What keeps me grounded in our current pandemic? Board games, for one. But I am not looking for the latest and the best right now; I've found myself searching for shorter titles that don't melt my brain, and I've been digging through my collection for those underrated treasures. Partly it's because I've been playing with the family instead of a playgroup, but, and maybe you know the feeling, it's also because I can't focus on a two-hour strategy festival when the world feels like it's on fire.
I have enjoyed digging up some older titles during this time, and it has reminded me how fabulous some of them are. While playing Sanssouci With my 13-year-old daughter, for example, we had so much fun that we immediately touched her again. AND Keltis—A magnificent presentation, even if you do You have to order it directly from Germany and download a translation of English rules from BoardGameGeek.
Anyway, here are six titles I've been playing at home for the past few months. Hopefully they inspire you to play and share your own quarantine board games in the comments.
2-4 players, 30 minutes, ages 8+, $ 33 at Amazon (with ruinous shipping)
The charming aesthetic: there is so much glory green! —Raises solid play, while a second map at the back of the board offers a more thoughtful experience. If you have played Lost citiesYou will assimilate the game immediately: play one card per turn, accumulating stacks that can only move in one direction (each card must be higher or lower than the previous one). Any color you play conditions the piece you can advance on the board. But don't start too many pieces on their respective paths: moving just a few points or less results in negative points. Mix up a very light collection of games and you have a great way to spend 45 minutes. I am not alone in this opinion; Keltis he won the prestigious Spiel des Jahres award in Germany in 2008.
2-4 players, 60 minutes, over 10 years, $ 47 at Amazon
A recent title from master designer Stefan Feld, this one really hits my sweet spot. You have plenty of ways to earn points and plenty to think about, but the gameplay couldn't be simpler: grab a tile every turn and place it on your ancient Roman estate, then take points and bonuses. At the end of each round, you will even choose your own scoring conditions. The result is thoughtful without being heavy, and the delicious grape and fish meeples add a pop of color. Much more accessible than Feld's masterpiece, Burgundy castles.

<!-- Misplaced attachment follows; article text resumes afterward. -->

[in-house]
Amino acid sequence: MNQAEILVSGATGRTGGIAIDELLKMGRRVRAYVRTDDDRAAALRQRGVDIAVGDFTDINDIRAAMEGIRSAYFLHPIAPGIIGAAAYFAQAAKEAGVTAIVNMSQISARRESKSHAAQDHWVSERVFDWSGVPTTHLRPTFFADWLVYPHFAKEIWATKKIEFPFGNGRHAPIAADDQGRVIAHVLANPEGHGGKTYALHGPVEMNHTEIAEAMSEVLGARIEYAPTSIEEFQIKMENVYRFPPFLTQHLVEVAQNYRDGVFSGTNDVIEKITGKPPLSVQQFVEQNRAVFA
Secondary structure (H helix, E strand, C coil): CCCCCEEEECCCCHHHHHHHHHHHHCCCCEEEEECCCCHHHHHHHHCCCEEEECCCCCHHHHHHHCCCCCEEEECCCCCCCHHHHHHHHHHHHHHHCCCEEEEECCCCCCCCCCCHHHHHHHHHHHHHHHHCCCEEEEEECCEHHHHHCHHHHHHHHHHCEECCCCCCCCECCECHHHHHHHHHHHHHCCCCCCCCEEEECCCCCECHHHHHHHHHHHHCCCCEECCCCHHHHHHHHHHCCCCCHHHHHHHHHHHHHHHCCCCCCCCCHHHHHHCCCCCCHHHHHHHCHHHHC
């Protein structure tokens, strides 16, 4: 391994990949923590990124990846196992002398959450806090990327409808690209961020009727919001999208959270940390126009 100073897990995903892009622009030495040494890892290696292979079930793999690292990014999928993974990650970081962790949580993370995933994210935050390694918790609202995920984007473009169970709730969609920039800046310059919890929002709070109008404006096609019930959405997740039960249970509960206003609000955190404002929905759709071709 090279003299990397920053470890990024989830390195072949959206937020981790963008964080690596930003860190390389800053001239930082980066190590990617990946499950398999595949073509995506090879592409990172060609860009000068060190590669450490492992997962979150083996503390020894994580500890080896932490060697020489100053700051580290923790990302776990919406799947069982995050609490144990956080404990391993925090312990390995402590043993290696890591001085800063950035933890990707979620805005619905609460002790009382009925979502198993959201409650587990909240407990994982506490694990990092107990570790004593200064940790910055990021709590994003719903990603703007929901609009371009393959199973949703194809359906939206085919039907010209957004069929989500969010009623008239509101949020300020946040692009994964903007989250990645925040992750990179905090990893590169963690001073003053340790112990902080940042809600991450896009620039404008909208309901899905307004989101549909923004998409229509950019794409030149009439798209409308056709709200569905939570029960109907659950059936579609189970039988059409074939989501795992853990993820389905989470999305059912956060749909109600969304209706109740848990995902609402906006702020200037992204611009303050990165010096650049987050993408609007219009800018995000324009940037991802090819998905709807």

Ticket to Ride: Europe
2-5 players, 60 minutes, ages 8+, $ 44 at Amazon
A classic. I hadn't played this in a while, but the crash provided me with a great opportunity to teach my 8-year-old this ensemble and route building train title. The iPad app for this is cool, and much faster to play, but the touch of the giant map, the plastic trains, and the presence of three trash-talking opponents made our game in person a blast.
1-4 players, 45 minutes, ages 8+, $ 25 at Amazon
An old-school recap of Reiner Knizia who sees him placing paired hexagons around a board, scoring points based on how many identical colors the five open lines that radiate from each of the paired hexagons touch. (Okay, so the score takes a moment to figure it out.) The game is fast and fun, and requires that you value all colors equally, because your final score equals your score. lower Colour.
Robin of Locksley
2 players, 40 minutes, over 10 years, $ 33 at Amazon
A new game from designer Uwe Rosenberg (Agricultural, Patchwork), this has as much to do with Robin Hood as I have to do with the Sheriff of Nottingham. But what it does have is an easy game to teach in which your horse moves like a chess knight, hooking pieces of loot. You collect this loot to satisfy a long series of conditions randomly placed around the edges of the play area, and you can move as far in a single turn as your loot allows. Their set collection matches racing, and while we enjoyed our initial game, I'll need a few more games to see how well it holds up.
2-4 players, 30-45 minutes, ages 8+, $ 70 at Amazon (because it is exhausted)
A fabulous layer of tiles, this Michael Kiesling design has been criminally overlooked. There are no dungeons here, D,amp;D lovers – this is a game about how to build a European formal garden while moving your nobles down the garden path so they can smell the roses (and earn points). It's fast, it's fun and it's extremely relaxing. The rules are easy to teach, the turns are fast and everything looks great. The game even includes a small expansion module in the box for a slightly more complex game. The biggest drawback? It can be difficult to find new ones right now.